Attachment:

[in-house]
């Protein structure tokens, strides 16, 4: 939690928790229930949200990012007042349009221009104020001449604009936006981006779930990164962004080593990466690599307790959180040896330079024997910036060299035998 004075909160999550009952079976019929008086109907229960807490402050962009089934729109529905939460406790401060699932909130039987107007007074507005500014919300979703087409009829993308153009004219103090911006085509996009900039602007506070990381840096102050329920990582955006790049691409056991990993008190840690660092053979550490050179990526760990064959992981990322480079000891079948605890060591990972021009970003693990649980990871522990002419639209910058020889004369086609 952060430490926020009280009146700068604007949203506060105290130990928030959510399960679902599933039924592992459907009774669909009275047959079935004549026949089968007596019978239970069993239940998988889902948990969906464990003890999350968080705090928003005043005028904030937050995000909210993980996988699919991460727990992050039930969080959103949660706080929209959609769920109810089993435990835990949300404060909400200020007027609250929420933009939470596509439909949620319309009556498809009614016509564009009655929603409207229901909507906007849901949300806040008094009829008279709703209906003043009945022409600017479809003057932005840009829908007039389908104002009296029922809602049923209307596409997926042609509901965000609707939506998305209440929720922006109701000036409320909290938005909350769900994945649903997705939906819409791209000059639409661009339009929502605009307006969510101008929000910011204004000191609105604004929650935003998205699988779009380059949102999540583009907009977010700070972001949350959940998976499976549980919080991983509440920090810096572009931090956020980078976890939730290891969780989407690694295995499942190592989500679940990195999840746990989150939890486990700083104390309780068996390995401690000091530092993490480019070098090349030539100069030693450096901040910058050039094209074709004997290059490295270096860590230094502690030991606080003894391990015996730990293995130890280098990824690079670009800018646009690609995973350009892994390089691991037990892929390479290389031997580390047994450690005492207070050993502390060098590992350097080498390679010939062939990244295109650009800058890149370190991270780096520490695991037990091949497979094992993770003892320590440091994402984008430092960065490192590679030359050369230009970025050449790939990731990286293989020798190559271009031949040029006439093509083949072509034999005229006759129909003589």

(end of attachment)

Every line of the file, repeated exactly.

[in-house]
């Protein structure tokens, strides 16, 4: 939690928790229930949200990012007042349009221009104020001449604009936006981006779930990164962004080593990466690599307790959180040896330079024997910036060299035998 004075909160999550009952079976019929008086109907229960807490402050962009089934729109529905939460406790401060699932909130039987107007007074507005500014919300979703087409009829993308153009004219103090911006085509996009900039602007506070990381840096102050329920990582955006790049691409056991990993008190840690660092053979550490050179990526760990064959992981990322480079000891079948605890060591990972021009970003693990649980990871522990002419639209910058020889004369086609 952060430490926020009280009146700068604007949203506060105290130990928030959510399960679902599933039924592992459907009774669909009275047959079935004549026949089968007596019978239970069993239940998988889902948990969906464990003890999350968080705090928003005043005028904030937050995000909210993980996988699919991460727990992050039930969080959103949660706080929209959609769920109810089993435990835990949300404060909400200020007027609250929420933009939470596509439909949620319309009556498809009614016509564009009655929603409207229901909507906007849901949300806040008094009829008279709703209906003043009945022409600017479809003057932005840009829908007039389908104002009296029922809602049923209307596409997926042609509901965000609707939506998305209440929720922006109701000036409320909290938005909350769900994945649903997705939906819409791209000059639409661009339009929502605009307006969510101008929000910011204004000191609105604004929650935003998205699988779009380059949102999540583009907009977010700070972001949350959940998976499976549980919080991983509440920090810096572009931090956020980078976890939730290891969780989407690694295995499942190592989500679940990195999840746990989150939890486990700083104390309780068996390995401690000091530092993490480019070098090349030539100069030693450096901040910058050039094209074709004997290059490295270096860590230094502690030991606080003894391990015996730990293995130890280098990824690079670009800018646009690609995973350009892994390089691991037990892929390479290389031997580390047994450690005492207070050993502390060098590992350097080498390679010939062939990244295109650009800058890149370190991270780096520490695991037990091949497979094992993770003892320590440091994402984008430092960065490192590679030359050369230009970025050449790939990731990286293989020798190559271009031949040029006439093509083949072509034999005229006759129909003589």